Keen: One Girl Army - Review of Cat Nigiri's sliding puzzle game

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Aina Martin
@ainamartin
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Let's take an oriental setting with strong references to aesthetics synthwave, of the super-deformed characters, a young girl expert in martial arts and checkerboard levels full of enemies to defeat, we season it all with environmental puzzles and we serve with a turn-based combat system: there you have it Keen: One Girl Army, the intriguing sliding puzzle game developed by Cat Nigiri (Scrash, Necrosphere) and distributed by Phoenixx Inc. and 2P Games on both Nintendo Switch and PC (as in the case of the version under review) via Steam. In short, we are talking about a title that is at least peculiar and after diving into its strange world, we are now ready to give you our final response about it.



Kim against everyone

Kim, an 8 year old girl with a gothic lolita, lives in his small village with Gramma, his grandmother, who heads a dojo martial arts that entrusts her with a powerful blade handed down from generation to generation. With the help of this weapon, Kim will face one mysterious organization with shady ends who threatens to destroy his village with hordes of zombies and robots. So Kim, after a training / tutorial under the expert guidance of her grandmother, leaves her village (with the uninspired name of Village) to defeat enemies, level after level.

The game comes as one very dynamic sliding puzzle game, but not frantic: in the various levels we will find ourselves controlling Kim using only the arrow keys on the keyboard and a few other keys, a feature that makes Keen: One Girl Army very comfortable to play with one hand, on checkerboard backdrops reminiscent of classic RPGs. Whenever Kim advances, the enemies will also move and prepare their attacks; unlike games like Crypt of the NecroDancer, with which it is impossible not to notice the similarity, the rhythm game component is absent. This means that pausing to reflect on the moves is not penalized, indeed, it is awarded by a achievement system which includes 3 different objectives in each level, including the completion of the same without taking damage. It will be up to the player to choose whether to play spontaneously or try to meticulously meet each requirement!



In addition to the end-of-level achievements, Keen: One Girl Army is packed with unlockables and secret areas. In the various stages, Kim will collect gods token which will serve to unlock sanctuaries where, upon completion, the particular child will learn new ones special moves for use during fights. In addition, although it is not essential to advancement in the game, exploration is rewarded with hidden areas to be discovered containing special items. Given the nature of a puzzle game, an extra word must be spent on level design: the levels appear as smooth and intuitive in most cases, which is facilitated by the presence of a map of all environments which will be particularly useful in the presence of environmental puzzles (doors to open, levers and buttons, boulders to push ...), making backtracking easier.

With its 7-8 hours of longevity, Keen: One Girl Army is a overall simple game, with a gentle curve of difficulty that will allow the player to pass the levels with ease (except for some points that should not be underestimated). Nonetheless, the aforementioned end-of-level goals are anything but simple to achieve, so be prepared to do the same stage over and over again to get a perfect score. Another element that extends the longevity of the game is the presence of a large number of achievement also on Steam, which is not too common for an indie title.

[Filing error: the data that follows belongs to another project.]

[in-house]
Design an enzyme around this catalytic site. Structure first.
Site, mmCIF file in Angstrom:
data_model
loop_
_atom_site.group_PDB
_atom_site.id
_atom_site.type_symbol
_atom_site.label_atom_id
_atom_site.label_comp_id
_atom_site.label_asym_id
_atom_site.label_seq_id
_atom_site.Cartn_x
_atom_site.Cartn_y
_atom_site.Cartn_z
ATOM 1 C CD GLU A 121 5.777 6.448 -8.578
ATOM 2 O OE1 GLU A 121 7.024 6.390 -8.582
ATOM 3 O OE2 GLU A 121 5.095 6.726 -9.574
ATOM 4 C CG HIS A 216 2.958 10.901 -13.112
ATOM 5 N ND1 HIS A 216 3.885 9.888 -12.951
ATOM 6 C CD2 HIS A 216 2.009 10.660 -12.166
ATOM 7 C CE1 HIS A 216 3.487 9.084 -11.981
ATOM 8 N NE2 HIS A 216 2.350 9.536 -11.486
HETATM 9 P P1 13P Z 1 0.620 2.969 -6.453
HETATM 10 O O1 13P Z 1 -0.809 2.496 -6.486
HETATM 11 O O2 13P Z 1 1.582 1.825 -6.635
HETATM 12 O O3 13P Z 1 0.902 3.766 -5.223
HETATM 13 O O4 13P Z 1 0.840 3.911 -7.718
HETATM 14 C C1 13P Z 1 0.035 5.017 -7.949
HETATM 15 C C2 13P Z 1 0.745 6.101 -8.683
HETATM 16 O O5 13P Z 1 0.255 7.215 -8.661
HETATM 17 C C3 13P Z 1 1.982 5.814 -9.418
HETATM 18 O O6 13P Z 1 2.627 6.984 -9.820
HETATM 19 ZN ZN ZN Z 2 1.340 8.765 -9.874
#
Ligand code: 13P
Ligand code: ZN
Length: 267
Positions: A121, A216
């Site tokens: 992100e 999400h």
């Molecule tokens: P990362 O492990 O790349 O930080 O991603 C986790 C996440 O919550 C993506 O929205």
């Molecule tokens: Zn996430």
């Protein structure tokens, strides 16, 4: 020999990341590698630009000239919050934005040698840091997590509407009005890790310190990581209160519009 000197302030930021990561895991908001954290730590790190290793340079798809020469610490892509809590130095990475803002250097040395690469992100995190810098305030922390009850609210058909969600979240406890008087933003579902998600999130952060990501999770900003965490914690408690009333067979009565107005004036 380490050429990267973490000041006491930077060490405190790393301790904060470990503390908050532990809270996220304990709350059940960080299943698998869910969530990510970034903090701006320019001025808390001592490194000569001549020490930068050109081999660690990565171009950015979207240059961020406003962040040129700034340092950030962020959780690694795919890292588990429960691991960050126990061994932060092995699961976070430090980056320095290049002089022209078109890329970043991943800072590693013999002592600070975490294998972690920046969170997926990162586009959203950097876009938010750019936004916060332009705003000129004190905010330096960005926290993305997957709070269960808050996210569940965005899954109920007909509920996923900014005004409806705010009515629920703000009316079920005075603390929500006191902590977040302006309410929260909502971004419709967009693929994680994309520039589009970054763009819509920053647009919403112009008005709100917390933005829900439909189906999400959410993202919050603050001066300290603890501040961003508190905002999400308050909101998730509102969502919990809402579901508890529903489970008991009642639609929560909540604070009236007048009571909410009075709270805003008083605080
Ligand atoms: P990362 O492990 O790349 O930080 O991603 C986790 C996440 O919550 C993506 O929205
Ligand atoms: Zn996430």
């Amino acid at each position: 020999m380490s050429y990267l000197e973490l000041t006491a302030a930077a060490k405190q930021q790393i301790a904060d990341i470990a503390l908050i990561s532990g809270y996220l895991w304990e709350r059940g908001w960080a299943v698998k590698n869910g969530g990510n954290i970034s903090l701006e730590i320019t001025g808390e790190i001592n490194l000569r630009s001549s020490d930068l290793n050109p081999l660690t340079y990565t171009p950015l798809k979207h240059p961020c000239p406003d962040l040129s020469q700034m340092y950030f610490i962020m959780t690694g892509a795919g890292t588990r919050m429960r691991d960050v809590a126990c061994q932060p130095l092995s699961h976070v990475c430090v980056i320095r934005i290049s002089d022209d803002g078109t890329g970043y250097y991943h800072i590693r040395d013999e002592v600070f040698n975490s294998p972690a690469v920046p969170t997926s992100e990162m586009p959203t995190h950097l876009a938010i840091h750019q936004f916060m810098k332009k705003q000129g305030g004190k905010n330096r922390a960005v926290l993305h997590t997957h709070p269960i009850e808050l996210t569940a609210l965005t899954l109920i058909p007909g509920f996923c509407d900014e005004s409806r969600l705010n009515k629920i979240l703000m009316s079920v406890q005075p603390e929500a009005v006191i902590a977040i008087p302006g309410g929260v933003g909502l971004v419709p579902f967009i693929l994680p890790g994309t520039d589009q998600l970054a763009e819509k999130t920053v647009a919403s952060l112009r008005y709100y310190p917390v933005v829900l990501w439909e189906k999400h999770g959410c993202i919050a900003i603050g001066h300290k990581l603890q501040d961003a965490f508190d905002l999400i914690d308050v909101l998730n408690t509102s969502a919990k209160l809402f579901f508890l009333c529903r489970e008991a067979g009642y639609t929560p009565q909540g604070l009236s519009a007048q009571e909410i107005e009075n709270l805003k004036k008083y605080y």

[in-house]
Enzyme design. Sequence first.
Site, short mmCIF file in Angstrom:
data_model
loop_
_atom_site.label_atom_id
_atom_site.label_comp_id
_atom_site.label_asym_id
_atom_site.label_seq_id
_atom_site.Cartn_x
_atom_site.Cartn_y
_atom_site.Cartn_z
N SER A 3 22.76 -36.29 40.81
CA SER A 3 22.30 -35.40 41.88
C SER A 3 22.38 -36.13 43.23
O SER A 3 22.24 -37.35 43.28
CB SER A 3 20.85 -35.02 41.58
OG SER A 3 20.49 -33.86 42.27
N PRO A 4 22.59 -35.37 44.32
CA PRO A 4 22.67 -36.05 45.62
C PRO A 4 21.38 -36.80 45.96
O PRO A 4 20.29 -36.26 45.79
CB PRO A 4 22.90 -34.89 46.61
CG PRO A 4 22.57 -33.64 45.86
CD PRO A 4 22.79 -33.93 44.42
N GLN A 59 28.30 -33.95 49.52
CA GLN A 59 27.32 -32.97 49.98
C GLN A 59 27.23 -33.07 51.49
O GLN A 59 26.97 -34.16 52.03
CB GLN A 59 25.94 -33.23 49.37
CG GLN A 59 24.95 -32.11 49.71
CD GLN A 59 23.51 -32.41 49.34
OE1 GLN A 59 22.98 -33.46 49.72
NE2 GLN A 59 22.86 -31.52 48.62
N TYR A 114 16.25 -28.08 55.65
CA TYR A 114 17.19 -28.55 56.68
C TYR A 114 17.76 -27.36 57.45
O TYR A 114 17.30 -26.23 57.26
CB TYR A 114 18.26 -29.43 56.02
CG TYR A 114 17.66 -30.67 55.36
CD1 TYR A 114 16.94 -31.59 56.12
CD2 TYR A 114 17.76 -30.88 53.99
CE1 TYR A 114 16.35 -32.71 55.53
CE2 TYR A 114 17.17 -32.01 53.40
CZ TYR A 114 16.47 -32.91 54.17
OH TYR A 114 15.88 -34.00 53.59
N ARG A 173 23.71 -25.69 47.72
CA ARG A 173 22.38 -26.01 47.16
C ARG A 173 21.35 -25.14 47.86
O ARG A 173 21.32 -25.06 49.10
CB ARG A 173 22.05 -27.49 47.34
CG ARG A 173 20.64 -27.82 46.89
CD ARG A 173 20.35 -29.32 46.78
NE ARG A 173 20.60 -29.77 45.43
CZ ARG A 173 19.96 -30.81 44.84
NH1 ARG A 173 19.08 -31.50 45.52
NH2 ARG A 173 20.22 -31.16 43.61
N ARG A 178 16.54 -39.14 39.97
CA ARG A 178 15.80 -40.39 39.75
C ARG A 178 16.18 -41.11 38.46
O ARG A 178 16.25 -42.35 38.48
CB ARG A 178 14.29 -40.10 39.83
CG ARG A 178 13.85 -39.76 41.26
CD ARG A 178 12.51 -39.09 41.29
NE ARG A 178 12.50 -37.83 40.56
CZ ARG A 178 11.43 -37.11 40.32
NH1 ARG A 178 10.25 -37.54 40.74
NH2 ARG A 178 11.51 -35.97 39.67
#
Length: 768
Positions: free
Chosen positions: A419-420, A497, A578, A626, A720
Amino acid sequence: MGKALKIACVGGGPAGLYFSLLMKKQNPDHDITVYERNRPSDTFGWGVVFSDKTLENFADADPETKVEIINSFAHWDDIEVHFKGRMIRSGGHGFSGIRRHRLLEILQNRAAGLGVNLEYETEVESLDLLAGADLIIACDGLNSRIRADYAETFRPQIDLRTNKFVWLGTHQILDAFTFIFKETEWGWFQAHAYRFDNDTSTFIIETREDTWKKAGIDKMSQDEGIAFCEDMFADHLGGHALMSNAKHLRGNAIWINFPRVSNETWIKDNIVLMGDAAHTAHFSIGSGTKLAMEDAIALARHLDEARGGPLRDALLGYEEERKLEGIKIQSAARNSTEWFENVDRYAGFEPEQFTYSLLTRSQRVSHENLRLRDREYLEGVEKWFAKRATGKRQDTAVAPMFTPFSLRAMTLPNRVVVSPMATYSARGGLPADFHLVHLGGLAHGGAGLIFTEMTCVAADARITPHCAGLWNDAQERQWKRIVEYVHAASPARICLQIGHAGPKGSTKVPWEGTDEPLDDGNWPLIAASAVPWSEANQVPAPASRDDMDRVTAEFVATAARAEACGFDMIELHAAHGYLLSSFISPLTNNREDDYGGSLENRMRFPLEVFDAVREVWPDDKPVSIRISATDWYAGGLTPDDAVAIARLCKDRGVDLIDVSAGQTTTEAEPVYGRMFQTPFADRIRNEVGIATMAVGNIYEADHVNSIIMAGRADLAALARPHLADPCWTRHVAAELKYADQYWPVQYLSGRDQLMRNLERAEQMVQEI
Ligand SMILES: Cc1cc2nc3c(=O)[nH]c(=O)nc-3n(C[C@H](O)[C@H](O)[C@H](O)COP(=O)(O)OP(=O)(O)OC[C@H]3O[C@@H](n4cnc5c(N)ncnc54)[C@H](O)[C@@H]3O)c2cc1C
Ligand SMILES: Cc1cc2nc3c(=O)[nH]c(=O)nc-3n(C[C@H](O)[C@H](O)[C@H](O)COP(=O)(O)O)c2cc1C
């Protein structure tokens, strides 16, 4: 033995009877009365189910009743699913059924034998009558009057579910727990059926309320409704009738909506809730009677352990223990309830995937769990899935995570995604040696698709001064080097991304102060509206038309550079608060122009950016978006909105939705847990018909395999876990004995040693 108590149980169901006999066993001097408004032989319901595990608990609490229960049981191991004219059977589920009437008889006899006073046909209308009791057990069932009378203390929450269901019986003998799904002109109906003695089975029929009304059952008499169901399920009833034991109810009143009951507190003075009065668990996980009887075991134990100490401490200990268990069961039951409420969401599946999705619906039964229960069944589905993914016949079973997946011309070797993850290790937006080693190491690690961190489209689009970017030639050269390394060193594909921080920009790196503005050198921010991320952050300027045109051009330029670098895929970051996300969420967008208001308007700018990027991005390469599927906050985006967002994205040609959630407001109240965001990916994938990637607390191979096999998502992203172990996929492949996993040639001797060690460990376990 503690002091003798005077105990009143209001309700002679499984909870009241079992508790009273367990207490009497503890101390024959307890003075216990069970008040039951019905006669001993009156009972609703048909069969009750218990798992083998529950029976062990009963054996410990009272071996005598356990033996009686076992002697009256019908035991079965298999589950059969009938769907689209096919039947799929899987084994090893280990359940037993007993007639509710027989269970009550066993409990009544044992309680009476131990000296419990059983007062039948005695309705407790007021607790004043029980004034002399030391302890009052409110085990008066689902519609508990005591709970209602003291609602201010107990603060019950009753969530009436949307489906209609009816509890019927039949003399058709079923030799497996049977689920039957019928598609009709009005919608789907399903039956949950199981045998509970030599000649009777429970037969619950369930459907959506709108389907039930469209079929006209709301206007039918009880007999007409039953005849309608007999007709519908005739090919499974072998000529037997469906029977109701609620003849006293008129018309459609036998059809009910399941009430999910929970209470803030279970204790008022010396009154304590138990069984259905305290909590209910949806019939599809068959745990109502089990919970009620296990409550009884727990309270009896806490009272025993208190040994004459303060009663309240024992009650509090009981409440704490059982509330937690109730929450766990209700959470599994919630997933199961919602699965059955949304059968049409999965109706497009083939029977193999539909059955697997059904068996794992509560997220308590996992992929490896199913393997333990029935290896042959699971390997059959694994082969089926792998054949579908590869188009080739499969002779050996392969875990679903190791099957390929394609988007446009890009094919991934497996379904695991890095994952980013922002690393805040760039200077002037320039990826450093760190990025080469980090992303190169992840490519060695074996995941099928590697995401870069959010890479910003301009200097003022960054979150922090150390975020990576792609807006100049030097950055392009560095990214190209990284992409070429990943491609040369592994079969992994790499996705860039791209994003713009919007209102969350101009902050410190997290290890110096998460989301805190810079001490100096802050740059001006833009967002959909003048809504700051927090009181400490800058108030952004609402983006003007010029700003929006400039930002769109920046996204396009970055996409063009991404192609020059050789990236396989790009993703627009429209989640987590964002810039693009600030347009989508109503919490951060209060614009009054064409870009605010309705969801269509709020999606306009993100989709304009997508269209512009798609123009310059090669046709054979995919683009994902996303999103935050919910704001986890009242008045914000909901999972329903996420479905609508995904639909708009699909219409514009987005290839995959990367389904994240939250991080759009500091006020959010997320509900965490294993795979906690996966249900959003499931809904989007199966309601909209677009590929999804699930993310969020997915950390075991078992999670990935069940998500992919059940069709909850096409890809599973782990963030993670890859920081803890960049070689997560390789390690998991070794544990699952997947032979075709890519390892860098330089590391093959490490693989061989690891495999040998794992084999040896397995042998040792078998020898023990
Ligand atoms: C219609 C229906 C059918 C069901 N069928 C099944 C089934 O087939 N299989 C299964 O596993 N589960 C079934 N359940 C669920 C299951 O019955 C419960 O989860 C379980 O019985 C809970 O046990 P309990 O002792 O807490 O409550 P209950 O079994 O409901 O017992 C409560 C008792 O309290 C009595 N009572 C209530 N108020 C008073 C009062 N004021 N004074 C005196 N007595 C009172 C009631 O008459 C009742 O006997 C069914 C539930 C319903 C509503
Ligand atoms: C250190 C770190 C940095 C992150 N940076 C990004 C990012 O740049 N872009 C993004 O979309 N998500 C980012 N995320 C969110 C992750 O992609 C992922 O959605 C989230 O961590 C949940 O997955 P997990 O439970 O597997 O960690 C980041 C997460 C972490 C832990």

An Orient with a synthwave aftertaste

Temples, zen gardens it's a cat in the shape of nigiri (obvious easter egg illustrating the name of the production company); the world of Keen: One Girl Army remarkably recalls the East from the very first minutes of the game, both in the sounds and in the settings. Advancing with the story, the settings reminiscent of the traditional and rural imaginary of China and Japan are united with arrogance metropolis, neon, synthwave graphics and corporate settings, while the column veers towards electronic and urban sounds. Even the character designs of the characters wink at Japanese animation, both in the super-deformed chibi than in the aspect of the antagonists that often recalls the world of the samurai, in an overall result that is promoted in its simplicity.



The story of Keen: One Girl Army is certainly not the strong point of the game: despite the graphically well-characterized characters, the plot and interactions are negligible and decidedly uninspired. While it is true that in a puzzle game the narration is not the catalyst for the attention of the players, it must also be recognized that the care of the names, of the dialogues and of the lore is what makes a title memorable. Unfortunately, between characters and places that practically have no name (just think of Gramma and Village), uninvolving dialogues and with some spelling smears, Keen: One Girl Army just fails to shine for its narrative sector. Wanting to find the positive side of this deficiency, theabsence of localization in Spanish in this way it becomes a completely circumventable disadvantage. We remind you that the game is now available on Steam at the price of € 13,29 and on the Nintendo Switch eShop a € 13,99.



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